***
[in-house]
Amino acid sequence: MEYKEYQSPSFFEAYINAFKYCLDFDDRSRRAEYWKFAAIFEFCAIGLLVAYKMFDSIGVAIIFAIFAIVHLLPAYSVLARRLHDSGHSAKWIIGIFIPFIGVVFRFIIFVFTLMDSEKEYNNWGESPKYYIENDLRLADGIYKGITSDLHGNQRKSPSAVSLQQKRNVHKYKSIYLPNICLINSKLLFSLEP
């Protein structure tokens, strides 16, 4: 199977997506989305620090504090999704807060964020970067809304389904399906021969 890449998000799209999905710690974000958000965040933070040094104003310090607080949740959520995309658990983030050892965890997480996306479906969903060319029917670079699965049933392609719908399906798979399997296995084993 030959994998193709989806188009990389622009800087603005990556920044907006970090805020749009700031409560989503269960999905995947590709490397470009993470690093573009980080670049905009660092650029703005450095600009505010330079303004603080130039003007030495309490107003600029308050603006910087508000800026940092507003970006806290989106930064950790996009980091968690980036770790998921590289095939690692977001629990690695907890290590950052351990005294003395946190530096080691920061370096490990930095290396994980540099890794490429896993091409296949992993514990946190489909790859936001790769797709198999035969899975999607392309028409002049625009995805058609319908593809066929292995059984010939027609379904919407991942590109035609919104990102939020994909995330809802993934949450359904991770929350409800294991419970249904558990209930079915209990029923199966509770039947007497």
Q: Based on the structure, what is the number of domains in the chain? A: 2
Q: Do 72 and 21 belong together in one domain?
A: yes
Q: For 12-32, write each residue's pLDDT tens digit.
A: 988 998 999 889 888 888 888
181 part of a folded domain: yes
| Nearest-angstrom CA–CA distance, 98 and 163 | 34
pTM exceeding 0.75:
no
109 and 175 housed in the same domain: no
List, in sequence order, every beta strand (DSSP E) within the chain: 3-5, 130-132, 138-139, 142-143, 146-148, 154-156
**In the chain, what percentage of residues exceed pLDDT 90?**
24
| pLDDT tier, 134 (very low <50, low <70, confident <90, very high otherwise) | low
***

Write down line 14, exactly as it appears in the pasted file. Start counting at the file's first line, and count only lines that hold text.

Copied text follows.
List, in sequence order, every beta strand (DSSP E) within the chain: 3-5, 130-132, 138-139, 142-143, 146-148, 154-156